Escaping the Trap: Why the United States Must Leave Iraq

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Executive Summary

The U.S. military occupation of Iraq has nowlasted longer than U.S. involvement in World WarII. Yet there is no end in sight to the mission.

Staying in Iraq is a fatally flawed policy that hasalready cost more than 3,000 American lives andconsumed more than $350 billion. The security situationin that country grows increasingly chaoticand bloody as evidence mounts that Iraq hasdescended into a sectarian civil war between Sunnisand Shiites. Approximately 120 Iraqis per day areperishing in political violence. That bloodshed isoccurring in a country of barely 26 million people.A comparable rate of carnage in the United Stateswould produce more than 1,400 fatalities per day.

That reality is a far cry from the optimisticpronouncements the administration and its supportersmade when the war began. We were supposedto be able to draw down the number of ourtroops to no more than 60,000 before the end of2003, and Iraqi oil revenues were to pay for thereconstruction of the country.

Even worse, Iraq has become both a trainingground and a recruiting poster for Islamic extremists.U.S. occupation of Iraq has become yet anothergrievance throughout the Muslim world and hasexacerbated our already worrisome problem withradical Islamic terrorism.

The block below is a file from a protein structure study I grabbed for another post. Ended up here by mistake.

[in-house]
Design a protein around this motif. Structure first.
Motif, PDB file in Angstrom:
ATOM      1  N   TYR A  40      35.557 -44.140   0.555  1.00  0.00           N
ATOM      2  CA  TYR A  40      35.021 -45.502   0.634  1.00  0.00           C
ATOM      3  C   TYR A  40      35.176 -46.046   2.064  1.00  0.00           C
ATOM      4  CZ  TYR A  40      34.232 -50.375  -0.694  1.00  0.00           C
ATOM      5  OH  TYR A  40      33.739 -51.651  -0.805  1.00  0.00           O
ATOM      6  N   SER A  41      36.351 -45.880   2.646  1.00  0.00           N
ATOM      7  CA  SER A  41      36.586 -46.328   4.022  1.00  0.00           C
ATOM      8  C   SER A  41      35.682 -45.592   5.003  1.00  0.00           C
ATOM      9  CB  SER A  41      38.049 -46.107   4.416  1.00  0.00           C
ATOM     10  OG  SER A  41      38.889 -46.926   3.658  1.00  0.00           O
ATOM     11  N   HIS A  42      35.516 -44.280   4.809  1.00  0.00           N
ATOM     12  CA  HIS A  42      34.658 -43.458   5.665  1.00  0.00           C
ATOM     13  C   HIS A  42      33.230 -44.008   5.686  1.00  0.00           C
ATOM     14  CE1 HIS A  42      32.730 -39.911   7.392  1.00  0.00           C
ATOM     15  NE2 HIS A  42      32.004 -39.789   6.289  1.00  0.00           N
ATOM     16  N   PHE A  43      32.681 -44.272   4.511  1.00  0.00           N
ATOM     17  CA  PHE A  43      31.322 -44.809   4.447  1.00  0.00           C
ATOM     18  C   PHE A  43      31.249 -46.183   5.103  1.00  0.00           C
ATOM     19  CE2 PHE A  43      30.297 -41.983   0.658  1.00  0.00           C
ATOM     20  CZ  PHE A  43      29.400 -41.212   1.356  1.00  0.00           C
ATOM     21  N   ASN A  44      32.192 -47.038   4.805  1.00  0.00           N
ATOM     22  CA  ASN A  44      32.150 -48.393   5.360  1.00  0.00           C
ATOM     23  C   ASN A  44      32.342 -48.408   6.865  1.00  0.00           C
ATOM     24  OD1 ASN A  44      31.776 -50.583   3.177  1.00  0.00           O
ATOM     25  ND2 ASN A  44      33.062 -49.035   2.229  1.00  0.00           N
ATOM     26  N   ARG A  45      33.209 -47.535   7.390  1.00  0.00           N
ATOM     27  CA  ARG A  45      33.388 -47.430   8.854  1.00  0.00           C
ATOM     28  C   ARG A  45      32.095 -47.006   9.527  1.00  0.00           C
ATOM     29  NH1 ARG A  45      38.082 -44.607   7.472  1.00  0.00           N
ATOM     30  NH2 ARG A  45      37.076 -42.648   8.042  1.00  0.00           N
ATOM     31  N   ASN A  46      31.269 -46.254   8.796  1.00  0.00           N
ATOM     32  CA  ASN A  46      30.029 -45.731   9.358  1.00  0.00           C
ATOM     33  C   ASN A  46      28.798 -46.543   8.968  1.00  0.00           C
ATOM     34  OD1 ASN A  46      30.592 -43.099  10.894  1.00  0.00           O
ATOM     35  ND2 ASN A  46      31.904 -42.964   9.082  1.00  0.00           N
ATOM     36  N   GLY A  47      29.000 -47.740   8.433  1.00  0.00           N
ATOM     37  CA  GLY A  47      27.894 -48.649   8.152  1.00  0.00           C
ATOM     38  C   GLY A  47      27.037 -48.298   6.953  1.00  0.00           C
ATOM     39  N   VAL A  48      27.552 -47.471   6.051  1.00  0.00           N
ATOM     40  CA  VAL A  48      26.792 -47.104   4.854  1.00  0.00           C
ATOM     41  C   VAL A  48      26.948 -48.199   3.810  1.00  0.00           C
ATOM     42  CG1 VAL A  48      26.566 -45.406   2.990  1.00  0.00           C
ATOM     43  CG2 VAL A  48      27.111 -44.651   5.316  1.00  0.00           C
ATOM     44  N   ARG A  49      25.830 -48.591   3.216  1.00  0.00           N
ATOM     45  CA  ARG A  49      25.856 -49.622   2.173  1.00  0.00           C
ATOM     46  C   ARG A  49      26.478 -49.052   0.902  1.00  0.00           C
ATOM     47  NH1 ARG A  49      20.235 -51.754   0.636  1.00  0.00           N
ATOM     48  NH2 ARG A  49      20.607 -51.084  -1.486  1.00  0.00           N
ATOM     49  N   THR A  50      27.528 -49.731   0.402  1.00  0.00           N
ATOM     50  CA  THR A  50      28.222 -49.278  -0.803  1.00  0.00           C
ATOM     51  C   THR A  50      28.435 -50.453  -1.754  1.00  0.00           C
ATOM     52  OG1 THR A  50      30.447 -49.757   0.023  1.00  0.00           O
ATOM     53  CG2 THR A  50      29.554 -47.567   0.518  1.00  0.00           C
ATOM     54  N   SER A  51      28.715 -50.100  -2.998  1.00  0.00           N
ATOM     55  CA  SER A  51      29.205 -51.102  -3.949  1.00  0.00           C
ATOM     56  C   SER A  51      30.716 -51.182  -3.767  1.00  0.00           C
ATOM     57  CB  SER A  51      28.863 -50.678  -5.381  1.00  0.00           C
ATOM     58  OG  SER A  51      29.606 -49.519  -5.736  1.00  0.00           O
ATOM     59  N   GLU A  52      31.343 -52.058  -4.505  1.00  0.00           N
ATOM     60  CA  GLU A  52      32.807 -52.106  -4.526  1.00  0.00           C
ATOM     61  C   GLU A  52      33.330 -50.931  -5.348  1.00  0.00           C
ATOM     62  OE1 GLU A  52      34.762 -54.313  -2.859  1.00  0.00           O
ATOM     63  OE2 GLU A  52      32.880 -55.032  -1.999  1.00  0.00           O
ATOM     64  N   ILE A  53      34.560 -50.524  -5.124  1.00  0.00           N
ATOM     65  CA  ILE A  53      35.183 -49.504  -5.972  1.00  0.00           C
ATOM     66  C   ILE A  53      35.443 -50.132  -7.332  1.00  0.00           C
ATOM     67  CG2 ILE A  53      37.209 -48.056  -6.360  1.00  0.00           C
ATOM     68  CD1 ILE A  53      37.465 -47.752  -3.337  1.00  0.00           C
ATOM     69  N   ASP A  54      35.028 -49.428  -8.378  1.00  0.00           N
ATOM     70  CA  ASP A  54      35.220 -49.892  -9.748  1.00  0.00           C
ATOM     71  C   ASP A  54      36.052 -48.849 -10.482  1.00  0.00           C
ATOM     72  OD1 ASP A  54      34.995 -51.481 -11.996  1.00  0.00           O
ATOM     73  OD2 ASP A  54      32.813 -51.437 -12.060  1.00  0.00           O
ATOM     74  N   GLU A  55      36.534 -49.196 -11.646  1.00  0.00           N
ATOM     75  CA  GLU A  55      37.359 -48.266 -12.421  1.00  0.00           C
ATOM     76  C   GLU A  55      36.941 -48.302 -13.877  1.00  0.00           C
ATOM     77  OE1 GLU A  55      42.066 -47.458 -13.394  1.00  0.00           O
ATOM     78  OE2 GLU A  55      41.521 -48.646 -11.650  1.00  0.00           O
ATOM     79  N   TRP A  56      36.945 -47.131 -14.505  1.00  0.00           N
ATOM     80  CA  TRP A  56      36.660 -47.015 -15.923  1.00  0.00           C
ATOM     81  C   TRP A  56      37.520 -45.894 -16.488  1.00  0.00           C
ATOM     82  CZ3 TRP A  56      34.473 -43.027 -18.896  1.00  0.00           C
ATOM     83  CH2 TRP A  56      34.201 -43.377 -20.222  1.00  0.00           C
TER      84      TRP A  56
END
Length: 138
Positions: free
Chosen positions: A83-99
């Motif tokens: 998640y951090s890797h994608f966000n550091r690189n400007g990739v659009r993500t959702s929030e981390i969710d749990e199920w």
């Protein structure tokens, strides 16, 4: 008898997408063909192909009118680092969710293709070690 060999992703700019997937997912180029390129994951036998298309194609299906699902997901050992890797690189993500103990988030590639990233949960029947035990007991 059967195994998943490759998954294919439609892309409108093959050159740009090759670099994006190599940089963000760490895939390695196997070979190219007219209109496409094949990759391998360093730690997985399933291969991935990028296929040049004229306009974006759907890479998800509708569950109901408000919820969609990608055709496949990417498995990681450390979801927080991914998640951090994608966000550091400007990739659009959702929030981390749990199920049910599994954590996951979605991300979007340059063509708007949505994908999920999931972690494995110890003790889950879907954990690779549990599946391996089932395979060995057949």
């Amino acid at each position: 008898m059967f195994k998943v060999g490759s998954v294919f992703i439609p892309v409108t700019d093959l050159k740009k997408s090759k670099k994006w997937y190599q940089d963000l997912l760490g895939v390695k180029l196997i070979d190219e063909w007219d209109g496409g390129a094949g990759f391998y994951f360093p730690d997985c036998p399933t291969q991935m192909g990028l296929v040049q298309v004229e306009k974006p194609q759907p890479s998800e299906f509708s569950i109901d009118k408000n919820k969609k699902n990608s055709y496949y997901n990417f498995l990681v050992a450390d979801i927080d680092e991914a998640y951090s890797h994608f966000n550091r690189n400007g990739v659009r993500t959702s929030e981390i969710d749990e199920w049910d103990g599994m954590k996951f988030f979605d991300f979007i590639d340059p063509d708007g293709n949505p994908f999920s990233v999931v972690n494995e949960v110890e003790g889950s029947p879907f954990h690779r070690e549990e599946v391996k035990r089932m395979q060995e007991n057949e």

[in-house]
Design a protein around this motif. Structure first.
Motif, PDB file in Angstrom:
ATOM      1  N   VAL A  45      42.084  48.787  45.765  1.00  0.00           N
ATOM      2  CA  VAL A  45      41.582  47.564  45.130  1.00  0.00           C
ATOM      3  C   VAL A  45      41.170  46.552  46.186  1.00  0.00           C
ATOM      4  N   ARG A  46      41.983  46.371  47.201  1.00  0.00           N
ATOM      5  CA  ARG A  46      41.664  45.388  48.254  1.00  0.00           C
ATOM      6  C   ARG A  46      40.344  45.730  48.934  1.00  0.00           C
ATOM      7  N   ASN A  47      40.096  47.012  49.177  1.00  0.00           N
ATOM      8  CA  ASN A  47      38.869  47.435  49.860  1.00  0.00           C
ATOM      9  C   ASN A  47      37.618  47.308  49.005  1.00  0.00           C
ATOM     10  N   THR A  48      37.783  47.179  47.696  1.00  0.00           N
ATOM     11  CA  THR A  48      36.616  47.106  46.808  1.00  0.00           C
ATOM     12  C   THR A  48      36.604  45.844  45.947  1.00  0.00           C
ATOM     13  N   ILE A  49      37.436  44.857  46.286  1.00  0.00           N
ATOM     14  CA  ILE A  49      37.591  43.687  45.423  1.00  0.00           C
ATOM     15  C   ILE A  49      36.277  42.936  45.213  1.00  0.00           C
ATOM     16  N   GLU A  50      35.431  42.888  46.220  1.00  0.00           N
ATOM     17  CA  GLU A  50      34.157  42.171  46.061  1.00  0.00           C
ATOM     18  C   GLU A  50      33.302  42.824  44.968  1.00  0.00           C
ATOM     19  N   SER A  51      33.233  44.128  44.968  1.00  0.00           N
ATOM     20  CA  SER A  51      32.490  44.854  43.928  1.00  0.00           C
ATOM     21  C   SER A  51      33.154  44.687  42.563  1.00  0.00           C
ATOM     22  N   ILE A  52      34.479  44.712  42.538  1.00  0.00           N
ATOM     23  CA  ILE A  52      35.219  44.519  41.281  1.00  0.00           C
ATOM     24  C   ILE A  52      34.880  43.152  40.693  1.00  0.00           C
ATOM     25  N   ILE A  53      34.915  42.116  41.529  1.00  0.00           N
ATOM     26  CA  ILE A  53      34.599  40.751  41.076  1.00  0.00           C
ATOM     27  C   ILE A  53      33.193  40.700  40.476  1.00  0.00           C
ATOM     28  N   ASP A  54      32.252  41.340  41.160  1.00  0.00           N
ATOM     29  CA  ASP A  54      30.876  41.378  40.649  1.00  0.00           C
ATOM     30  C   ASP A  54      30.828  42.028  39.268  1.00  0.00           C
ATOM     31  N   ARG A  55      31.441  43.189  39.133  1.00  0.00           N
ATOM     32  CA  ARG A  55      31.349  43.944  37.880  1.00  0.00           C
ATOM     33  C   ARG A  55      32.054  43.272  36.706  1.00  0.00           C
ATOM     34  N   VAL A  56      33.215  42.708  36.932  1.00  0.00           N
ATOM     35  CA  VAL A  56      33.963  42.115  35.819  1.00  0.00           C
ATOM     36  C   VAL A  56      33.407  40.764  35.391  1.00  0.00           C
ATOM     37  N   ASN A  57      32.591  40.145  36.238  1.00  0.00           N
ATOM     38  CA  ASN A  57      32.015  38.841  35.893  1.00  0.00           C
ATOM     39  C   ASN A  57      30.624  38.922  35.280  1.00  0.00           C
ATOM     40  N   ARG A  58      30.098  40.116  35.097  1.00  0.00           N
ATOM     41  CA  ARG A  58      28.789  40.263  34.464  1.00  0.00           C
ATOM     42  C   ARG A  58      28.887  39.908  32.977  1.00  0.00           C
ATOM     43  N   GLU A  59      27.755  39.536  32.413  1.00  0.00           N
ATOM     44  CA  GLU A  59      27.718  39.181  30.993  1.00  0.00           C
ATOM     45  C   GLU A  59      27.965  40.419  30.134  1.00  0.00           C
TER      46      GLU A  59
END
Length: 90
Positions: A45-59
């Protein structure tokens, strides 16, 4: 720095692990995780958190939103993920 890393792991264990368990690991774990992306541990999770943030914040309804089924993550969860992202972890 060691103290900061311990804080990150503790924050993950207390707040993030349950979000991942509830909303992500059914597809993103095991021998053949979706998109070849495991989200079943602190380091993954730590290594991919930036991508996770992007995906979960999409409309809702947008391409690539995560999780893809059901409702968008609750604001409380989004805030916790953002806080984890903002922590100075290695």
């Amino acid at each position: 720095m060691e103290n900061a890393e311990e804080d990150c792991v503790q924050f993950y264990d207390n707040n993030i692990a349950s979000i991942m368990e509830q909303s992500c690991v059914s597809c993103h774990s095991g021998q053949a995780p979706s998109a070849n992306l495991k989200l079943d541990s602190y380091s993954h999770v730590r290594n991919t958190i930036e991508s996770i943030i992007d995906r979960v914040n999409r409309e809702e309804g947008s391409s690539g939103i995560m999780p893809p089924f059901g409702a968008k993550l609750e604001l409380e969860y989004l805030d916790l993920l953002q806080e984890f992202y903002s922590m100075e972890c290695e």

It is time to admit that the Iraq mission hasfailed and cut our losses. The notion that Iraqwould become a stable, united, secular democracyand be the model for a new Middle East was alwaysan illusion. We should not ask more Americans todie for that illusion.

Withdrawal will not be without cost. RadicalIslamic factions will portray a withdrawal as avictory over the American superpower. We canminimize that damage by refocusing our effortson al-Qaeda in Afghanistan and elsewhere, butthere is no way to eliminate the damage. Evensuperpowers have to pay a price for wrongheadedventures.

Whatever price we will pay for withdrawingfrom Iraq, however, must be measured againstthe probable cost in blood and treasure if we stay.That cost is already excessive. We are losing soldiersat the rate of more than 800 per year, andthe financial meter is running at some $8 billionper month. With President Bush's announcementof a "surge" of 21,500 additional troops, thepace of both will increase.

Worst of all, there is no reasonable prospect ofsuccess even if we pay the additional cost inblood and treasure. We need an exit strategy thatis measured in months, not years.

Ted Galen Carpenter

Ted Galen Carpenter, vice president for defense and foreign policy studies at the Cato Institute, is the author of seven books on international affairs and a coauthor of Exiting Iraq: Why the U.S. Must End the Military Occupation and Renew the War against Al Qaeda (2004).